Stirring up hate is not the Aussie family way!
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While part of my delight stems from the fact this will also put pressure on Labor to declare its hand on marriage equality – causing a major headache for PM Michael Turnbull – the best part is that it has the potential to save many young lives.
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The plebiscite is nothing more than a $160 million, non-binding campaign that gives a platform to religious extremists and ignorants – along with their toxic and often twisted views.
And you don't have to go far to see or hear how destructive that kind of hateful bile can be. Prominent Tassie comedian Hannah Gadsby struck a chord this week with her deeply personal Facebook post, which quickly went viral.
In doing so, she exposed the marriage equality plebiscite for what it truly is – a danger to young LGBT Australians.
Gadsby explained how she’s had to deal with the effects of anxiety and low self-esteem every day since her experiences as a queer teenager in Tasmania in the 1990s, when the state was debating whether to legalise homosexuality.
“Just imagine how brilliant I could have been if I hadn’t been given such a shit show at such a vulnerable time in my life,” she wrote. “[The plebiscite debate] will not only ruin young lives, it will end some of them.
“I am very concerned that the plebiscite debate is going to be another open season for hate. I fear for those, particularly in regional Australia, who are isolated from positive voices. Speech is not free when it comes at such a cost. This plebiscite is FUCKED!”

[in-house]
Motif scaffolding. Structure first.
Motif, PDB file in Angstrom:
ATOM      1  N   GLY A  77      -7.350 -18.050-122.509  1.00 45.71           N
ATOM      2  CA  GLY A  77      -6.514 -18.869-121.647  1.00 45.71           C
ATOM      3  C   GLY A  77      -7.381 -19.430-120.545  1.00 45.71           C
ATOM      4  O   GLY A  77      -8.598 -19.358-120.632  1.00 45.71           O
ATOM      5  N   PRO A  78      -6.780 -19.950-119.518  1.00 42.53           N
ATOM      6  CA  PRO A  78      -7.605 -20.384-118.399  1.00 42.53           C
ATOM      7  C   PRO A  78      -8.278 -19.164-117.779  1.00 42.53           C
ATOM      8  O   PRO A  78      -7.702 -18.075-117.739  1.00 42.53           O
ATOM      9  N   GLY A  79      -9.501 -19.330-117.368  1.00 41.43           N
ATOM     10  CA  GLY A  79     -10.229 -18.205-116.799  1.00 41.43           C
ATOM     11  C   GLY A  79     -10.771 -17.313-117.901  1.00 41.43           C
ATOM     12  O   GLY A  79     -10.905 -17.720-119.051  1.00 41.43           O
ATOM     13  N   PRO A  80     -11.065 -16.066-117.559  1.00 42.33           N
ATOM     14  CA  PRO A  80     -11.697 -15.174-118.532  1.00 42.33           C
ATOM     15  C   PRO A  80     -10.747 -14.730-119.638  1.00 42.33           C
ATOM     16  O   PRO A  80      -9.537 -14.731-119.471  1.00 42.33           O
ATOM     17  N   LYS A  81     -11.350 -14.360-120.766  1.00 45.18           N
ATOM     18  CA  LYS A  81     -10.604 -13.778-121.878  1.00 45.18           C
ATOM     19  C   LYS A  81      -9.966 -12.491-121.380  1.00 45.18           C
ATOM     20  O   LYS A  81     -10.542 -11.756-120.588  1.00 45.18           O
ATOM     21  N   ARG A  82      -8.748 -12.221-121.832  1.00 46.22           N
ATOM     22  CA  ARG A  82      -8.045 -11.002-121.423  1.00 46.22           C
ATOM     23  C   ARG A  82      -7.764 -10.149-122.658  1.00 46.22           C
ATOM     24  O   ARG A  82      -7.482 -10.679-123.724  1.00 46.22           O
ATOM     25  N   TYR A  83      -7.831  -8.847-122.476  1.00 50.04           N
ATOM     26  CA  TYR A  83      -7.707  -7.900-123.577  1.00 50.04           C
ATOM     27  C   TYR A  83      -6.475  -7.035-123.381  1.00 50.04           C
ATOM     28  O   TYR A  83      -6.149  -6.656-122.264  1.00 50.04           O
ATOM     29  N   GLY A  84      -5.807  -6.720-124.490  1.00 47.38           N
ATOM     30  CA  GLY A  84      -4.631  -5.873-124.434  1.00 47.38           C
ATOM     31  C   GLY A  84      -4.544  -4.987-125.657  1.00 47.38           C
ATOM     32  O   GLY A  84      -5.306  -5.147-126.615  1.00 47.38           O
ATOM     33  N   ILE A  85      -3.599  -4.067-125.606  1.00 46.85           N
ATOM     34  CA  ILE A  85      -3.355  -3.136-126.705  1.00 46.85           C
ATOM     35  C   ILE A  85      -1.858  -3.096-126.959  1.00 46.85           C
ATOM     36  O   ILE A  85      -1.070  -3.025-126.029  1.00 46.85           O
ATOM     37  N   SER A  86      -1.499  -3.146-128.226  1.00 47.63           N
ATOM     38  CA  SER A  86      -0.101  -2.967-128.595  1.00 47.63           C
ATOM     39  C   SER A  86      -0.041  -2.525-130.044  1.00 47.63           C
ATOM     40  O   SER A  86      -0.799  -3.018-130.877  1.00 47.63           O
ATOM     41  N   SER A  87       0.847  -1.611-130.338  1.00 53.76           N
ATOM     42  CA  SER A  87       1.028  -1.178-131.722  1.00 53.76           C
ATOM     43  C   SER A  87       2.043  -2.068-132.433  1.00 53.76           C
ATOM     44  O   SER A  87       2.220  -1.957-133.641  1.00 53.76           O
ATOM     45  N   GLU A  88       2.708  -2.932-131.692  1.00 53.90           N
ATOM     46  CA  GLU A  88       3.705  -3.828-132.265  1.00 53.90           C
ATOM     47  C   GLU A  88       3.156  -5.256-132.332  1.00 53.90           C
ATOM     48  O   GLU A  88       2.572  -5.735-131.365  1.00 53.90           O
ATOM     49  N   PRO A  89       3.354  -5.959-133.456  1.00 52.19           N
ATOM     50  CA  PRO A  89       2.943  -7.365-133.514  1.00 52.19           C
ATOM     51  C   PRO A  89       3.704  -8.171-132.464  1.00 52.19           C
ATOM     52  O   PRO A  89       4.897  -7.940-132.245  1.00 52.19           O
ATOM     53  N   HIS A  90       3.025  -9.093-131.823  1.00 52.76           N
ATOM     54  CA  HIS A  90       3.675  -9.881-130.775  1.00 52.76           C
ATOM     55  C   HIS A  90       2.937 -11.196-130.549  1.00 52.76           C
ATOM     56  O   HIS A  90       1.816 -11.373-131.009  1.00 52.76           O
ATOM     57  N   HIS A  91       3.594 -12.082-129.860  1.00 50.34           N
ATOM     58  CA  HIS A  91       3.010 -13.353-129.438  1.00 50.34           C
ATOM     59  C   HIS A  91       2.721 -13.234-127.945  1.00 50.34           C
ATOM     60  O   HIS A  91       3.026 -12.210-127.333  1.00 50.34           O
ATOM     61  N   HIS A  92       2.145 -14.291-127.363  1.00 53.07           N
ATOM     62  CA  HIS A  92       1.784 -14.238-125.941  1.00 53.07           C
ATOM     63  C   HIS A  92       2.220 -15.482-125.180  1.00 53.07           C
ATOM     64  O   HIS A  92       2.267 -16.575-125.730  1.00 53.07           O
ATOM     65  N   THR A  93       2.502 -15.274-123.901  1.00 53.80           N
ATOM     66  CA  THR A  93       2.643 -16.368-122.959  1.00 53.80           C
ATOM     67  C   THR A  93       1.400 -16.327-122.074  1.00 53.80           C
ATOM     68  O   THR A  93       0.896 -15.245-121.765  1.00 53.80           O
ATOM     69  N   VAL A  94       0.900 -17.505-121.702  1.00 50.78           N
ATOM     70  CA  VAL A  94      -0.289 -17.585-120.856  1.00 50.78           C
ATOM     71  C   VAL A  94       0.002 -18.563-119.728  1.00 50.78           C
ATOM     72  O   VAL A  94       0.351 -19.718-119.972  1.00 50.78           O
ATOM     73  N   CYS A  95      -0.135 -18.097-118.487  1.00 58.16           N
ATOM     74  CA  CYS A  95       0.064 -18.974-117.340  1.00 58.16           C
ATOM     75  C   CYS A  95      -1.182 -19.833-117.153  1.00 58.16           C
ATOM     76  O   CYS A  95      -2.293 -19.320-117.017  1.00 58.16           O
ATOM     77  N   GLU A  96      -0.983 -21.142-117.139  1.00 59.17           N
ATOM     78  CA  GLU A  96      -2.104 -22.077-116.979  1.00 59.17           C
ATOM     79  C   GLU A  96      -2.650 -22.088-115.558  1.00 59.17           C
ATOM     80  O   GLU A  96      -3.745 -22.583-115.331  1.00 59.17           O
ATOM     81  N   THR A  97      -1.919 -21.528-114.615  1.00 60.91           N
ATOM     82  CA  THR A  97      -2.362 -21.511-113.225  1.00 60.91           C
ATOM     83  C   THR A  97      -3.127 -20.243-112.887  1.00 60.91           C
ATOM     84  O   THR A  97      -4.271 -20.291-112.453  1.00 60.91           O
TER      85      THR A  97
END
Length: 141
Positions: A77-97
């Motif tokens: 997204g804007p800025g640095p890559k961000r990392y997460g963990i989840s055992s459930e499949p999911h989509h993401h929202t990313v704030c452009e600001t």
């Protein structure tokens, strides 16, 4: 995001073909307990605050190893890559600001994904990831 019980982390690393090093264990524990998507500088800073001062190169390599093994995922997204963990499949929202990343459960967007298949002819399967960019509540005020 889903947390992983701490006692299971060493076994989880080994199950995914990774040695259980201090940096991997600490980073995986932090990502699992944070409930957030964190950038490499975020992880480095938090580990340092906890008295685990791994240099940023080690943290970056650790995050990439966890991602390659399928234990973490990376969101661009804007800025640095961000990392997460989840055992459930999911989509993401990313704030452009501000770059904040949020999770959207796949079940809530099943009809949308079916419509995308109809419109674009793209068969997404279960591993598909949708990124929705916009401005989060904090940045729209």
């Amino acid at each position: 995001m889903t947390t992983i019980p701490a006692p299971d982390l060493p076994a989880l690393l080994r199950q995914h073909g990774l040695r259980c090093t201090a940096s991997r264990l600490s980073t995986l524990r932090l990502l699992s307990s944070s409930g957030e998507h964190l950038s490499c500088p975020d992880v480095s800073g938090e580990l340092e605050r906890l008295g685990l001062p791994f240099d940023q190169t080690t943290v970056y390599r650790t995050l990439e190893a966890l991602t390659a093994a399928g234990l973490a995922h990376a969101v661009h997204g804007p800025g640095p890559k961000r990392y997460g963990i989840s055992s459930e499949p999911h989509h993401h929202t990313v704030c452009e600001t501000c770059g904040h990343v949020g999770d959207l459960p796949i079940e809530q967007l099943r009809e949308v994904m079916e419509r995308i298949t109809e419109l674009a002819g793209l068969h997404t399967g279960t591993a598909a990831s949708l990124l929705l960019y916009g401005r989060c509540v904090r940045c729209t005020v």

I’ll say! Imagine if this was your own beautiful child, perhaps struggling with their sexual identity amid the horrors of puberty, being forced into a similar life journey. I think not!
Or as Gadsby wrote: “In the mid-90s I was the age when I should have been learning how to be vulnerable, how to handle a broken heart, how to deal with rejection and how to deal with all the other great silly things about young love which help pave the way to the more substantial adult version. But instead I learned how to close myself off and rot quietly in self-hatred.
“I learned this because I learned that I was sub-human during a debate where only the most horrible voices and ideas were amplified by the media. These voices also gave permission for others to tell me that I was less than them, with looks, words and, on one occasion, violence.”
So to Greens Leader Richard Di Natale, who announced on Friday that his party would not support a motion to enable the plebiscite, I say thankyou.
Thankyou for wading through the spineless political mire to grab this issue by the curleys and give it a good squeeze.
Thankyou for preventing countless young souls from feeling anything less than human.
Thankyou for saving lives.
After the announcement was made, Di Natale said: "We should never put questions of human rights to an opinion poll. The easiest, simplest, quickest, most effective, least costly and least harmful way of ensuring equality in marriage is through a vote in the parliament, and we can do that next week should the Prime Minister decide to show some leadership.”
Speaking of leadership, the last word must go to Australian Marriage Equality chairman Alex Greenwich, who called on the PM, the Opposition, the Greens and Nick Xenophon to meet before parliament resumed and agree on a pathway for marriage equality.
"No one party has the numbers by themselves to achieve marriage equality through a parliamentary vote or a plebiscite. We call on our leaders to urgently come together and deliver marriage equality in line with the wishes of the Australian people,” he said.